How Often Do You Need To Add Freon To A Central Air Conditioning Unit?
Written By: Alexis Bennett
Edited by: Andrew Dunn
Are you wondering how often you need to add freon to your central air conditioner? If so, we can help.
In this guide, we cover:
- What is freon?
- How often do you need to recharge your HVAC system?
- Can you refill your central AC refrigerant yourself?
- What causes your HVAC to lose freon?
Refrigerant is essential in all central air conditioners. If your air conditioner’s refrigerant levels are too low, it can damage components like the compressor, condenser, and evaporator coil.
With so many costly parts at stake, how do you know when your AC needs more coolant? Keep reading to find out.
What's In This Guide?
What Is Refrigerant Used For In Your Air Conditioner?
Without refrigerant, your air conditioner is little more than a central fan. The blower would still push air out your vents, but your evaporator coil would be unable to remove heat and moisture from the air.
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How Do You Know What Type Of Refrigerant Your Air Conditioner Needs?
The Environmental Protection Agency (EPA) and other global environmental agencies completed a phaseout of R-22 refrigerant that began more than 10 years ago. How does that help you determine what kind of freon your system needs?
Units manufactured after 2010 use a more affordable, less harmful new refrigerant like R-410A, also known by the brand names Puron®, Forane® 410A, GENETRON AZ-20®, and SUVA 410A®. If you are unsure what type of coolant your system uses, consult your owner’s manual or contact the maker.
How Do You Know If Your HVAC Unit Freon Levels Are Low?
There are many signs that it’s time for a refrigerant charge. Most of the time, if you think your AC system would benefit from recharging, you are correct.
As a homeowner, you know if your air conditioner is running longer, struggling to lower the temperature you set on the thermostat, and making noises it didn’t make in the past. And, if you find yourself asking, ‘is my home AC blowing warm air,’ you likely need freon.
An easy way to check is to turn but your air conditioner on and set the temperature 10 degrees lower than the room temperature. After the air conditioner runs for 30 minutes, check the refrigerant lines that connect your condenser to your indoor air conditioning unit.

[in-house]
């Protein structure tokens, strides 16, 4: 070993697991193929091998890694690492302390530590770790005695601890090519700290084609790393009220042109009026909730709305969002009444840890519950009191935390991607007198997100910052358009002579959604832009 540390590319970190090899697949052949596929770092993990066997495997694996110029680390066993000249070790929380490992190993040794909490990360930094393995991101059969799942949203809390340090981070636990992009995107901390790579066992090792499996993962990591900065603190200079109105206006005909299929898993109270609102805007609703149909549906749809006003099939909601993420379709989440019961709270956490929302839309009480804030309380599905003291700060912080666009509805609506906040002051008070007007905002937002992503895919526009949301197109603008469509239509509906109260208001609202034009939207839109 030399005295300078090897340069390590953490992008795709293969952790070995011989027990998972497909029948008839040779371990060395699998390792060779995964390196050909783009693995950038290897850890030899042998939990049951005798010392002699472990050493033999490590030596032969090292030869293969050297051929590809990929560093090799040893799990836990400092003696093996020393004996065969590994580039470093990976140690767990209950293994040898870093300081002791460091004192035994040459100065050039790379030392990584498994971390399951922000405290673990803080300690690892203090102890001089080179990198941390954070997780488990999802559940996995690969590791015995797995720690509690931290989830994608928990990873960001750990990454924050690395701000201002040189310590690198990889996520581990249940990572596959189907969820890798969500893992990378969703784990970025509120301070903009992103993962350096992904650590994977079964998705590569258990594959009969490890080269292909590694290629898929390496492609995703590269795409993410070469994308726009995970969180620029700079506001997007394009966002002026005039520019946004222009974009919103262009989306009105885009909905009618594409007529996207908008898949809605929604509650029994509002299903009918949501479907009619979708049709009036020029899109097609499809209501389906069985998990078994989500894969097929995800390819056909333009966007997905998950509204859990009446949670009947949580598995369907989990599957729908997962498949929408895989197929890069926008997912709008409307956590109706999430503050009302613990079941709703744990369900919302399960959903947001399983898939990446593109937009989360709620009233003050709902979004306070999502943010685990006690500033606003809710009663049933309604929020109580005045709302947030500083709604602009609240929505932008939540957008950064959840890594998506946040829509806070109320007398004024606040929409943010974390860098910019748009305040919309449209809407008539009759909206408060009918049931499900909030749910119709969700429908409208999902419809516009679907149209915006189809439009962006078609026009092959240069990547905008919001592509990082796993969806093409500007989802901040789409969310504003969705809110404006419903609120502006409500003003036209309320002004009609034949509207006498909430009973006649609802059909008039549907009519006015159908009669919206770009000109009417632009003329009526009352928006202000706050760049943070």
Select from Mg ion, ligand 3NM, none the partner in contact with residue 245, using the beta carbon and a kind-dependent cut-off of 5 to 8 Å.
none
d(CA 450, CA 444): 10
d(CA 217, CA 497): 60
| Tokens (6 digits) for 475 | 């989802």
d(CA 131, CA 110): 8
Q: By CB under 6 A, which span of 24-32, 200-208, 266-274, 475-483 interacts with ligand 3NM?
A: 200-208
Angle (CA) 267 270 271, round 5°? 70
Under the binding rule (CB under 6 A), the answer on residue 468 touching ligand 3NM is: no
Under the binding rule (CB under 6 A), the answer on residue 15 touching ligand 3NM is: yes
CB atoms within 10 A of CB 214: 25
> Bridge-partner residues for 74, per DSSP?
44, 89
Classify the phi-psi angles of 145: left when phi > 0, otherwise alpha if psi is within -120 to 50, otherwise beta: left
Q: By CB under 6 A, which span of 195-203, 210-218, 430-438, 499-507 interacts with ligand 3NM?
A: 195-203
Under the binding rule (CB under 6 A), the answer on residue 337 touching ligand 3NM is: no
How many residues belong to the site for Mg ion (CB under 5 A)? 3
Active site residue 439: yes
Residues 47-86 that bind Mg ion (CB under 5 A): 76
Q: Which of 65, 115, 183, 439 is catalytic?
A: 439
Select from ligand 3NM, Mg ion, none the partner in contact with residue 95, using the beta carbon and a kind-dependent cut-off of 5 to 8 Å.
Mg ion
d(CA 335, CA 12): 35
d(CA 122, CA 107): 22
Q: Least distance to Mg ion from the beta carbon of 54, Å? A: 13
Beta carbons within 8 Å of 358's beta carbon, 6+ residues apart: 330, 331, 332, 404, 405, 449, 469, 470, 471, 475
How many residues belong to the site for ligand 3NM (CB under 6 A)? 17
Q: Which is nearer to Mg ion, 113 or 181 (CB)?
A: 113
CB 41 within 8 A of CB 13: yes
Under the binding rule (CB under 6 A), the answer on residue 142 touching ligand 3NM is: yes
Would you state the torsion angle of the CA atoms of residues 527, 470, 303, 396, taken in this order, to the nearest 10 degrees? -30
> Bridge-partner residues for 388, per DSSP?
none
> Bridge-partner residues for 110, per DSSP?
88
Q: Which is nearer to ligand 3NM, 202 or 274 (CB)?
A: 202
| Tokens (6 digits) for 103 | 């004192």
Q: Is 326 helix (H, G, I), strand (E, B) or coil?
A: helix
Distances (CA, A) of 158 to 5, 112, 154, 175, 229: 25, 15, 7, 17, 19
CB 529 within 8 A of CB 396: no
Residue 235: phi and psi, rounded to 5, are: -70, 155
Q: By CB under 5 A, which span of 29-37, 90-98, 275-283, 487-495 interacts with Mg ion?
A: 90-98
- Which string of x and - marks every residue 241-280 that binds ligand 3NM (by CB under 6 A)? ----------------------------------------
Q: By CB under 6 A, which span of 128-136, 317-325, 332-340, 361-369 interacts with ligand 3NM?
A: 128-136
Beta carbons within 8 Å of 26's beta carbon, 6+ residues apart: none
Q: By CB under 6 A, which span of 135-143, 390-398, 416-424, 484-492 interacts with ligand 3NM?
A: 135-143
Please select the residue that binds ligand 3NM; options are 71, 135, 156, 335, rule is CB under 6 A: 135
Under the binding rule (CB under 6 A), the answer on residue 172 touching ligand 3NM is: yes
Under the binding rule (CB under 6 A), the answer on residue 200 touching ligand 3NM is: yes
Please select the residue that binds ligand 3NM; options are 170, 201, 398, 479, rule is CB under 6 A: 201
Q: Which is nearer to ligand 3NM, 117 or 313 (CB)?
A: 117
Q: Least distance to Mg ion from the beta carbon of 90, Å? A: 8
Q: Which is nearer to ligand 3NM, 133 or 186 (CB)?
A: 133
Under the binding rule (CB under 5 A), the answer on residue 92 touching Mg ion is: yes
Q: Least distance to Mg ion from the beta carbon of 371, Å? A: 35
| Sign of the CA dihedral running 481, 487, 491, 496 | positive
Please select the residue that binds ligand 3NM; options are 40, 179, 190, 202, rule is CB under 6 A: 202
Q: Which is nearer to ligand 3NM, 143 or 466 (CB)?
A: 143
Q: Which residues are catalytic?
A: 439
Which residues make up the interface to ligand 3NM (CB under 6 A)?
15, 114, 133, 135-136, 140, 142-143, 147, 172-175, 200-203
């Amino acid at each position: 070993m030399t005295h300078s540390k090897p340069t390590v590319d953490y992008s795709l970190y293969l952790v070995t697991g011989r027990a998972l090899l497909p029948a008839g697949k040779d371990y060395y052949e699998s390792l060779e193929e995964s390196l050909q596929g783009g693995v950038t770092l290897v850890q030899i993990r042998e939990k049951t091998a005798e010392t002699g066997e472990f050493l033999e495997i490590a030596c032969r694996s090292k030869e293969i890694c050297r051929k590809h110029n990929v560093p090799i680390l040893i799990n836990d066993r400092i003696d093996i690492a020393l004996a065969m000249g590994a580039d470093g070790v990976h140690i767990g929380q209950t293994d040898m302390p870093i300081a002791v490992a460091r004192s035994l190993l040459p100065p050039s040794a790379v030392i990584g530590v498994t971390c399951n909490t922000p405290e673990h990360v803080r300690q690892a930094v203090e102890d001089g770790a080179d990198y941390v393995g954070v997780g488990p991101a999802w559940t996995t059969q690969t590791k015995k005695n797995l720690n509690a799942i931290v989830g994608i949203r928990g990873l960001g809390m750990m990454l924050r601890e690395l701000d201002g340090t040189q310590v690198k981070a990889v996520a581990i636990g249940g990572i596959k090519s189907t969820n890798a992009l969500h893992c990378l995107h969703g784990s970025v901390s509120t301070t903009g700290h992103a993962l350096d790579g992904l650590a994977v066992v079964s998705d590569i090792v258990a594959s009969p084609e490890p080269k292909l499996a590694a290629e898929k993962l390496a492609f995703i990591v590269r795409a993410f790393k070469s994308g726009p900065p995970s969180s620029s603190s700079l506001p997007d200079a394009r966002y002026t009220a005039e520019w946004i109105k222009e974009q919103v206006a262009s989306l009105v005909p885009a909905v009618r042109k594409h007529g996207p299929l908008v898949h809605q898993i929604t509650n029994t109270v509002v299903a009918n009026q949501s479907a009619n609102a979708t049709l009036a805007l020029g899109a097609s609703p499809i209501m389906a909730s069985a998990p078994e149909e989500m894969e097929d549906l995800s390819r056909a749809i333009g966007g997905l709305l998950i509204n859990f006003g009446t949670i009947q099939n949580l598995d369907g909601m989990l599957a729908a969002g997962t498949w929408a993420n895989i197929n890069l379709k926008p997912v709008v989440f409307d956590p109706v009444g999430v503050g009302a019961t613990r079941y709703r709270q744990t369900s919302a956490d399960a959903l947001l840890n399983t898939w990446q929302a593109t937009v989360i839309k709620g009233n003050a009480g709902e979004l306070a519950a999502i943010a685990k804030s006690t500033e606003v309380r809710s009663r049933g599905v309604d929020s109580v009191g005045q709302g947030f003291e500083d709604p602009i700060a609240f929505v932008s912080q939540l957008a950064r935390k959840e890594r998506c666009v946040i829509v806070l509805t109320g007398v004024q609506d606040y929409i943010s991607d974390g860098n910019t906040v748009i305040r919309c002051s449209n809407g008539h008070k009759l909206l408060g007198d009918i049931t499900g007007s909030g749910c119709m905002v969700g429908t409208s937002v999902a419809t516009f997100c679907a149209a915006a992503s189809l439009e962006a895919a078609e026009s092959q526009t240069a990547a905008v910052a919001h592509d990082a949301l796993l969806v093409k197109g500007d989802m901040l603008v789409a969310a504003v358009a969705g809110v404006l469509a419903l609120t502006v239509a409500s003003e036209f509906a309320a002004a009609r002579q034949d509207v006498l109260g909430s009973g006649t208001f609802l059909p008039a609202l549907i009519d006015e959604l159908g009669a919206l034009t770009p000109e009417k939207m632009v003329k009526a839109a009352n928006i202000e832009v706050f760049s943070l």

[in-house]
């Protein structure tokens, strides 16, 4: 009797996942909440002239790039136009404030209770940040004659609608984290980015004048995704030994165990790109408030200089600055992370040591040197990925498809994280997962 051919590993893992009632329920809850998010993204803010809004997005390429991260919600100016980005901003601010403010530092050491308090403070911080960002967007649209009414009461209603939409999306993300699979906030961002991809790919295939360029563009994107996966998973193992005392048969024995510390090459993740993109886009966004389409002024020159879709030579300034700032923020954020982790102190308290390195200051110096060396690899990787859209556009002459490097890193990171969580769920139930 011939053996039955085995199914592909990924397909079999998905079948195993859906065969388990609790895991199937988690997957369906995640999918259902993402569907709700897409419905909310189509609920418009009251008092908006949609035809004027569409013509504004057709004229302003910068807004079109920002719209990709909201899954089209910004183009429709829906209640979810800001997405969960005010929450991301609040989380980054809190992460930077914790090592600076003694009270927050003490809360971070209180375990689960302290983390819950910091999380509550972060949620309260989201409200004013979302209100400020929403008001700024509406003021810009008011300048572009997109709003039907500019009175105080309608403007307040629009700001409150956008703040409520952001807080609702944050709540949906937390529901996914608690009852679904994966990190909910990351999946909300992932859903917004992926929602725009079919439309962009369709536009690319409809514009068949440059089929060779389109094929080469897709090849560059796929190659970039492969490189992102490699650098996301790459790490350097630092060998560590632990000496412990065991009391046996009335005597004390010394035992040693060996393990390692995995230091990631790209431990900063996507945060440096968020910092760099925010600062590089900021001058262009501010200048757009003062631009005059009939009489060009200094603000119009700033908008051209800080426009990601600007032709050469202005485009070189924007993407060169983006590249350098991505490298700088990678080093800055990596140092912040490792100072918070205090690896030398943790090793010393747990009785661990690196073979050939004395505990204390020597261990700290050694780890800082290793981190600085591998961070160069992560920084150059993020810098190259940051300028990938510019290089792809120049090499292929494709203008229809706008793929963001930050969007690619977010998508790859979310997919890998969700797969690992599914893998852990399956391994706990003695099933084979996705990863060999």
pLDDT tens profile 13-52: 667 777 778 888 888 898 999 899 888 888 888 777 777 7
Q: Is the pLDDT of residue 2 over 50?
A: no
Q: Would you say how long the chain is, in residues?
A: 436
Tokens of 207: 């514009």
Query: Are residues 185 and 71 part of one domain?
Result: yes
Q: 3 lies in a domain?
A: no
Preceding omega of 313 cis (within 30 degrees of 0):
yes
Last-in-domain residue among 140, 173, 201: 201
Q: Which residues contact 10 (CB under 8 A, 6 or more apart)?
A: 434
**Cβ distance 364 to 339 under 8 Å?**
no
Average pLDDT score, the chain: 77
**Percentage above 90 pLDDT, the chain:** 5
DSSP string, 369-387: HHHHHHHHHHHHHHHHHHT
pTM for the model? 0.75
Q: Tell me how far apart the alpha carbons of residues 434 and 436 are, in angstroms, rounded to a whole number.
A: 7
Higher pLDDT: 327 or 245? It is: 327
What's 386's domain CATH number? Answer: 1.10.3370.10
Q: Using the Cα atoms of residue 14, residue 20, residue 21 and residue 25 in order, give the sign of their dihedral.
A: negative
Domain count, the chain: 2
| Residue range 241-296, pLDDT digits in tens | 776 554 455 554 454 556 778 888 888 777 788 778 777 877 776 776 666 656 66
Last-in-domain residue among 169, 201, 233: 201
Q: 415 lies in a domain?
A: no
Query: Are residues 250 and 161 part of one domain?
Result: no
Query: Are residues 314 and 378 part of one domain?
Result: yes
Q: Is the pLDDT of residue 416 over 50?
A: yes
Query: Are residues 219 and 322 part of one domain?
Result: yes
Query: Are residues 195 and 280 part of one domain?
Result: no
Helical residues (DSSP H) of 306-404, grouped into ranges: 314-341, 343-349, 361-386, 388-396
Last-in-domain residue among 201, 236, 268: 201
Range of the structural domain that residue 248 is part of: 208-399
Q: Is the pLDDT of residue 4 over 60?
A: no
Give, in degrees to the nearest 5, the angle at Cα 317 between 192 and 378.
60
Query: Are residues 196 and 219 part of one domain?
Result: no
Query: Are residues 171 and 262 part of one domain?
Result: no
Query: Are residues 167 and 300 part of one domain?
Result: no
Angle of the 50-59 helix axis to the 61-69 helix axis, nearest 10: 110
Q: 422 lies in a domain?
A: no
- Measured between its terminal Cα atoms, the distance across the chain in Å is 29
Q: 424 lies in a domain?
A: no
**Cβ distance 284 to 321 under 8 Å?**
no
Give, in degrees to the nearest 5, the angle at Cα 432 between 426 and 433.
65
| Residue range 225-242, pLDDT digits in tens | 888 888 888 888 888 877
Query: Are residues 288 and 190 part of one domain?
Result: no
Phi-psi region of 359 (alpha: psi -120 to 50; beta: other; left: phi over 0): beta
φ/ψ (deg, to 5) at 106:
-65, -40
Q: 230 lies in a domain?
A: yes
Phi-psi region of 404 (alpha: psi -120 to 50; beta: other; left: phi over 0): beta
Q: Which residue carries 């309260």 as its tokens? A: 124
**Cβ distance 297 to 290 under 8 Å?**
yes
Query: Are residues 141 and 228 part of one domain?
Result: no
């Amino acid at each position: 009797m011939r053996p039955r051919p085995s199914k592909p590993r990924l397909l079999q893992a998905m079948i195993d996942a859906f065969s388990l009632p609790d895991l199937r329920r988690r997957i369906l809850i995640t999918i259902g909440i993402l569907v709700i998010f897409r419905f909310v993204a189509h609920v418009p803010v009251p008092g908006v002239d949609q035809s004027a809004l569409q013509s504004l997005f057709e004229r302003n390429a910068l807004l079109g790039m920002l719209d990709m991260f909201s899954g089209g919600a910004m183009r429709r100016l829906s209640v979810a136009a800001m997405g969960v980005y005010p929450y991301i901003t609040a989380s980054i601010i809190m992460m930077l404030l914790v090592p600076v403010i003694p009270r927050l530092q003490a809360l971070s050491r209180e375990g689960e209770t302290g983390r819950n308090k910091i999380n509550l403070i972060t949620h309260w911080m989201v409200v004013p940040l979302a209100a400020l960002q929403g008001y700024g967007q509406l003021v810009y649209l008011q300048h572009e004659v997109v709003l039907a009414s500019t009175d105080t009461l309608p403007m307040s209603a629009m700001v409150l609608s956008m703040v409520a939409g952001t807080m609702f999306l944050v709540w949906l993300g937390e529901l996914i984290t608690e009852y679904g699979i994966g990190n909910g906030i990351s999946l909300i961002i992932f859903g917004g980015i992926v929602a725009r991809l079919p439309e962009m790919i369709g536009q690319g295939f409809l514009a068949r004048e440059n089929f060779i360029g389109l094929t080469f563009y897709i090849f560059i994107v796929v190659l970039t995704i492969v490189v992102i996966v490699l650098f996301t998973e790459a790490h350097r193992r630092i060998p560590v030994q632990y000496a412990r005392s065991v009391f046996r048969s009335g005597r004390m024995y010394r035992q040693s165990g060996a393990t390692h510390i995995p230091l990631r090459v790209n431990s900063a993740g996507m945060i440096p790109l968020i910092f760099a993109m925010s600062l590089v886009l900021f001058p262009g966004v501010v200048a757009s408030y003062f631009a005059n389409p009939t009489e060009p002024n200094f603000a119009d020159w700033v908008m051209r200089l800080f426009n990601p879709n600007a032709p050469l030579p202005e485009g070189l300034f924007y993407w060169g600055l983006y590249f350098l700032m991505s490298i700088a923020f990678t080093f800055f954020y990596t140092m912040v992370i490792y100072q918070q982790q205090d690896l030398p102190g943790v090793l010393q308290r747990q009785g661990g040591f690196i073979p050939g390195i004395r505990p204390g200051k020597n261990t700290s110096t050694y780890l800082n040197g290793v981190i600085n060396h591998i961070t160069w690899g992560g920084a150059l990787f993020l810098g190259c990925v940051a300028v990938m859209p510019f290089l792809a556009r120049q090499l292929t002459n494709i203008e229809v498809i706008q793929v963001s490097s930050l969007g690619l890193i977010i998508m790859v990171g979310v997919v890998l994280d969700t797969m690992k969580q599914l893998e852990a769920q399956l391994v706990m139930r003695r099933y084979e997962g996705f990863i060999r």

If you see ice on the copper pipes, you likely need more coolant. A frozen evaporator coil is also a sign that the amount of refrigerant in your unit is too low.
For information on how to check refrigerant levels using pressure gauges, check out this video:
How Frequently Should You Add Freon To Your AC Units?
If they are properly installed in the first place, HVACs are sealed systems. So, once you charge your AC, you should never have to worry about low refrigerant levels unless you have a refrigerant leak or replace a component that uses it. If you think your AC is low on coolant, you should schedule a service call with a professional HVAC technician.
Freon is a toxic chemical that can be harmful if ingested by pets or children. It can also be hazardous if you breathe the gas as it can cut off oxygen to major organs like your brain, heart, and lungs.
So, if you think you need more freon, having a licensed air conditioning system specialist check for leaks will not only help to prevent the need for additional repairs and save you money on your energy bills, it is also the responsible thing to do.
How Much Will It Cost To Recharge Your Air Conditioner Unit?
The cost of refilling your AC unit depends on your system’s size and the type of refrigerant your system uses. If you have an older HVAC system, refilling it will likely be more costly.
Due to the EPA’s new guidelines, there is a ban on the manufacturing and importing of R-22 freon. What does that mean if you own an older HVAC system?
It means you can expect to pay double or triple what a homeowner with a new system pays to add freon. On average, you can expect to spend as much as $80 to $120 per pound for R-22 refrigerant, whereas the newer R-140A coolant only costs around $20 per pound.
Now, multiply the price per pound times the number of pounds your central air conditioner needs to determine the cost of refilling your system. You will also need to pay the technician to repair any refrigerant leaks.
The average repair bill for refrigerant line leaks is between $225 and $1,000.
Final Advice On How Often You Need To Add Freon To A Central Air Conditioner
While you should not have to add freon to your HVAC unless you need to replace part of your system or repair a leak, it would be wise to address any system issues that require a coolant refill now, especially if you are still using the old freon.
The cost of recharging your AC will continue to rise as R-22 becomes harder to find. Even with a top-notch home warranty that covers most AC repairs, you may be responsible for paying a significant portion of the cost for refilling your older HVAC as the cost for R-22 coolant surpasses the plan limits on many policies.